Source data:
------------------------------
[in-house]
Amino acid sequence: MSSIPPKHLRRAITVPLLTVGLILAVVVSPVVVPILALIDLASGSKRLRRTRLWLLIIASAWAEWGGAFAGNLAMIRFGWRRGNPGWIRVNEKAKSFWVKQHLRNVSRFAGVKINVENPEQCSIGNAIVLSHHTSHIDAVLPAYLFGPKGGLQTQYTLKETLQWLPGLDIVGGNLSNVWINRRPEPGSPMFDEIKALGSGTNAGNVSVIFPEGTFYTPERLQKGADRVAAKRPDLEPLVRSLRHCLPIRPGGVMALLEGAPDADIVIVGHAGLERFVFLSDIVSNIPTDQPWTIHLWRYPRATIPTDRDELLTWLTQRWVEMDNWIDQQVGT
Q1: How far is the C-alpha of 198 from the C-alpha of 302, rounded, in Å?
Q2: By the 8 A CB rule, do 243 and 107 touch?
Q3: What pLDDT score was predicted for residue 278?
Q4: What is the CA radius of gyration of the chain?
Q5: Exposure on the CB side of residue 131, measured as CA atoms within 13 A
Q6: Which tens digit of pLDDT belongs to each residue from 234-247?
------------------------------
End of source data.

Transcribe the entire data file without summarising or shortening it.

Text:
[in-house]
Amino acid sequence: MSSIPPKHLRRAITVPLLTVGLILAVVVSPVVVPILALIDLASGSKRLRRTRLWLLIIASAWAEWGGAFAGNLAMIRFGWRRGNPGWIRVNEKAKSFWVKQHLRNVSRFAGVKINVENPEQCSIGNAIVLSHHTSHIDAVLPAYLFGPKGGLQTQYTLKETLQWLPGLDIVGGNLSNVWINRRPEPGSPMFDEIKALGSGTNAGNVSVIFPEGTFYTPERLQKGADRVAAKRPDLEPLVRSLRHCLPIRPGGVMALLEGAPDADIVIVGHAGLERFVFLSDIVSNIPTDQPWTIHLWRYPRATIPTDRDELLTWLTQRWVEMDNWIDQQVGT
Q1: How far is the C-alpha of 198 from the C-alpha of 302, rounded, in Å?
Q2: By the 8 A CB rule, do 243 and 107 touch?
Q3: What pLDDT score was predicted for residue 278?
Q4: What is the CA radius of gyration of the chain?
Q5: Exposure on the CB side of residue 131, measured as CA atoms within 13 A
Q6: Which tens digit of pLDDT belongs to each residue from 234-247?